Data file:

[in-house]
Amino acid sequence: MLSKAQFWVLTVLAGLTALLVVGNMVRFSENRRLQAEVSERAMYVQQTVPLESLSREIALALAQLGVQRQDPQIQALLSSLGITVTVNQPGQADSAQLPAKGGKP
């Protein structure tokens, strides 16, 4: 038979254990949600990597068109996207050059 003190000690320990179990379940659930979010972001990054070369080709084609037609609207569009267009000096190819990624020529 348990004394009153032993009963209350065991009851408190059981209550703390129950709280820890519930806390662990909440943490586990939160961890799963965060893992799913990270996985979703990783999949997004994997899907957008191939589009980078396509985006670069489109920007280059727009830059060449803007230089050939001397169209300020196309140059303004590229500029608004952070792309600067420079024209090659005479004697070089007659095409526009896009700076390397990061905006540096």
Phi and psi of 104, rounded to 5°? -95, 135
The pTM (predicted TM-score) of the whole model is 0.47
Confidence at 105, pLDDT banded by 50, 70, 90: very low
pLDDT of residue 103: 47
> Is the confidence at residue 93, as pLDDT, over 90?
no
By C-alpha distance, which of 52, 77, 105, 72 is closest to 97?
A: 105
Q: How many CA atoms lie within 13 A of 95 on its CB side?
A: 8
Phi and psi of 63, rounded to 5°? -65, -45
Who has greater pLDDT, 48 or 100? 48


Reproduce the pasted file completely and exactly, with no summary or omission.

[in-house]
Amino acid sequence: MLSKAQFWVLTVLAGLTALLVVGNMVRFSENRRLQAEVSERAMYVQQTVPLESLSREIALALAQLGVQRQDPQIQALLSSLGITVTVNQPGQADSAQLPAKGGKP
């Protein structure tokens, strides 16, 4: 038979254990949600990597068109996207050059 003190000690320990179990379940659930979010972001990054070369080709084609037609609207569009267009000096190819990624020529 348990004394009153032993009963209350065991009851408190059981209550703390129950709280820890519930806390662990909440943490586990939160961890799963965060893992799913990270996985979703990783999949997004994997899907957008191939589009980078396509985006670069489109920007280059727009830059060449803007230089050939001397169209300020196309140059303004590229500029608004952070792309600067420079024209090659005479004697070089007659095409526009896009700076390397990061905006540096």
Phi and psi of 104, rounded to 5°? -95, 135
The pTM (predicted TM-score) of the whole model is 0.47
Confidence at 105, pLDDT banded by 50, 70, 90: very low
pLDDT of residue 103: 47
> Is the confidence at residue 93, as pLDDT, over 90?
no
By C-alpha distance, which of 52, 77, 105, 72 is closest to 97?
A: 105
Q: How many CA atoms lie within 13 A of 95 on its CB side?
A: 8
Phi and psi of 63, rounded to 5°? -65, -45
Who has greater pLDDT, 48 or 100? 48